Who Was The Real Alice In Wonderland?

By: Mia Williams | Last updated: Jun 13, 2022

The beloved children’s author Lewis Carroll actually used a pen name. Carroll’s real name was Charles Lutwidge Dodgson. The famous author wrote a book in 1865 that would go on to become a beloved worldwide classic. That book was “Alice’s Adventures in Wonderland.” The following book was “Through the Looking Glass.”

While the book is full of delightful metaphors, literary experts consider the book to be in the “nonsense” genre. In fact, many experts believe that the fantastical story came about because Carroll used the drugs laudanum and opium recreationally. But that’s not the most shocking thing about his book’s history. Read on to learn about some dark secrets about Lewis Carroll and his horrific obsession with young girls.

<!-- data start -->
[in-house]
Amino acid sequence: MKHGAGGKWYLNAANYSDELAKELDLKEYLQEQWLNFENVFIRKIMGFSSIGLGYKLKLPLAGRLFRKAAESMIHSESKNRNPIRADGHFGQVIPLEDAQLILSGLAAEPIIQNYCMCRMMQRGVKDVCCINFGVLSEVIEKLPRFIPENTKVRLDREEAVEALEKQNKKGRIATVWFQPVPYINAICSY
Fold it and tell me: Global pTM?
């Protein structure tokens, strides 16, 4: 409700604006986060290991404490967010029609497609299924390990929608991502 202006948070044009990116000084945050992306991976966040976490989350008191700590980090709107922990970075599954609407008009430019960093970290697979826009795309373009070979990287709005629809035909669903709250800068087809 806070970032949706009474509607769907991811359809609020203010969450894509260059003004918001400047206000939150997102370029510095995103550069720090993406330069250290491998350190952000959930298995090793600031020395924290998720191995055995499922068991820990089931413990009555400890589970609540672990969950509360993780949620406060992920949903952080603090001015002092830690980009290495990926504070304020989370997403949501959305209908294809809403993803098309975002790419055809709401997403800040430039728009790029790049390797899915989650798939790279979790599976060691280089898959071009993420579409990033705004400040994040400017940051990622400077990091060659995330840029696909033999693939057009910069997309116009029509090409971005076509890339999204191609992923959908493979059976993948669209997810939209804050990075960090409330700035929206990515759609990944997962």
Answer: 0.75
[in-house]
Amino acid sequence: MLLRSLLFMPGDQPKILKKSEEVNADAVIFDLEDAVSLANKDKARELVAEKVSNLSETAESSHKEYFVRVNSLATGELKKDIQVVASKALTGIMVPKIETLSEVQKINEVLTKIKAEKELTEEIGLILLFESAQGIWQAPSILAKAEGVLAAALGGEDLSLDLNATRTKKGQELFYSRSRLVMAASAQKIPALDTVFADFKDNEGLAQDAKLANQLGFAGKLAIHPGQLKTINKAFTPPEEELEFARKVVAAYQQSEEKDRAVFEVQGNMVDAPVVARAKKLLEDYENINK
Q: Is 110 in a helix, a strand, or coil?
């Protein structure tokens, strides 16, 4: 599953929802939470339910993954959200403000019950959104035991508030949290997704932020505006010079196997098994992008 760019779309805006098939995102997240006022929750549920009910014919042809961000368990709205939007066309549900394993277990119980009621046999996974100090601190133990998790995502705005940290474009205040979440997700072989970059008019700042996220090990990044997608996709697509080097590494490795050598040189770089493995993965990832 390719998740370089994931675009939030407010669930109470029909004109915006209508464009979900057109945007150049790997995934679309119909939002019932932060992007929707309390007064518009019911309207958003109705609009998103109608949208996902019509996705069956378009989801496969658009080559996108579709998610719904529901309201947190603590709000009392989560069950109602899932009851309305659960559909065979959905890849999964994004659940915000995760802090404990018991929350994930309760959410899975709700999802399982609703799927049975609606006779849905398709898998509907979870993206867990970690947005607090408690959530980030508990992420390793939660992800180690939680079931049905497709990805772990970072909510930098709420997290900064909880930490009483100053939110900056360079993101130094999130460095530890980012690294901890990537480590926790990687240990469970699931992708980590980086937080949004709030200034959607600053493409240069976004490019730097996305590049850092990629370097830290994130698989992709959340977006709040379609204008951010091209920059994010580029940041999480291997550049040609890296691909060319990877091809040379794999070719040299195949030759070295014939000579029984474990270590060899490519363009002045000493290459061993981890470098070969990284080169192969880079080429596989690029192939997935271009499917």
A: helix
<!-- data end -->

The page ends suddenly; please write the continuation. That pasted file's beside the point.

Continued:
How Alice in Wonderland Became Famous

The Alice book became so acclaimed that Disney created an animated feature about Alice’s story and the movie became a cherished children’s classic. Had Disney known the full history behind the Alice in Wonderland books, they may have reconsidered this move. It all started with a little girl named Alice Pleasance Liddell.

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In the 1860s, Alice Liddell lived in the city of London with her parents and her two sisters, Lorina and Edith. Alice was only five years old when she first met Carroll, and the little girls loved to hear their family friend, Carroll, tell them stories while he rowed them in a boat down the Thames river.

The Beginning of the Alice Books

The stories Carroll told the little girls on these boat trips, and the picnics that followed went on to become the Alice in Wonderland books. But who was Lewis Carroll? Besides being a good storyteller, Carroll was also an inventor, a mathematician, and a photography enthusiast.